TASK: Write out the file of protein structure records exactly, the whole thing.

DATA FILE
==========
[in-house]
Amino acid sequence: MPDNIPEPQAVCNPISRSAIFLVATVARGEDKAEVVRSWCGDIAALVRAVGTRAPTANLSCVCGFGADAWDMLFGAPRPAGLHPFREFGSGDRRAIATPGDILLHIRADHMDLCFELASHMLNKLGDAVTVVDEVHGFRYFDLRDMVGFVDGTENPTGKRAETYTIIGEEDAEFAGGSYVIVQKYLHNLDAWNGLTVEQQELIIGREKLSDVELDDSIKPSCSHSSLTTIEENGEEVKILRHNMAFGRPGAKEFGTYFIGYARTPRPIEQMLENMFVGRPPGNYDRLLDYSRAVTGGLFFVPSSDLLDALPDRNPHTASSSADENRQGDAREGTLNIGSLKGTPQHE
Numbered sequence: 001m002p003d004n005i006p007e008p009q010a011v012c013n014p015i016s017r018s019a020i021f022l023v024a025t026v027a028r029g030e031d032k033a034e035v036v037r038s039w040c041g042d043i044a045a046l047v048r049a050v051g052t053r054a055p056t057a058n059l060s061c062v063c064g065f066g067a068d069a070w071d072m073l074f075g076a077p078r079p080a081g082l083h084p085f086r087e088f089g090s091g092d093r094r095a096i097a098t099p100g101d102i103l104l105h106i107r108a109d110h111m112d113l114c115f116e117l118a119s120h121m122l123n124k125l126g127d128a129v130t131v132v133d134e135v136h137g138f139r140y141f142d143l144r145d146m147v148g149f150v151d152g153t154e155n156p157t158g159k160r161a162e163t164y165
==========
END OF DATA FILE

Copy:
[in-house]
Amino acid sequence: MPDNIPEPQAVCNPISRSAIFLVATVARGEDKAEVVRSWCGDIAALVRAVGTRAPTANLSCVCGFGADAWDMLFGAPRPAGLHPFREFGSGDRRAIATPGDILLHIRADHMDLCFELASHMLNKLGDAVTVVDEVHGFRYFDLRDMVGFVDGTENPTGKRAETYTIIGEEDAEFAGGSYVIVQKYLHNLDAWNGLTVEQQELIIGREKLSDVELDDSIKPSCSHSSLTTIEENGEEVKILRHNMAFGRPGAKEFGTYFIGYARTPRPIEQMLENMFVGRPPGNYDRLLDYSRAVTGGLFFVPSSDLLDALPDRNPHTASSSADENRQGDAREGTLNIGSLKGTPQHE
Numbered sequence: 001m002p003d004n005i006p007e008p009q010a011v012c013n014p015i016s017r018s019a020i021f022l023v024a025t026v027a028r029g030e031d032k033a034e035v036v037r038s039w040c041g042d043i044a045a046l047v048r049a050v051g052t053r054a055p056t057a058n059l060s061c062v063c064g065f066g067a068d069a070w071d072m073l074f075g076a077p078r079p080a081g082l083h084p085f086r087e088f089g090s091g092d093r094r095a096i097a098t099p100g101d102i103l104l105h106i107r108a109d110h111m112d113l114c115f116e117l118a119s120h121m122l123n124k125l126g127d128a129v130t131v132v133d134e135v136h137g138f139r140y141f142d143l144r145d146m147v148g149f150v151d152g153t154e155n156p157t158g159k160r161a162e163t164y165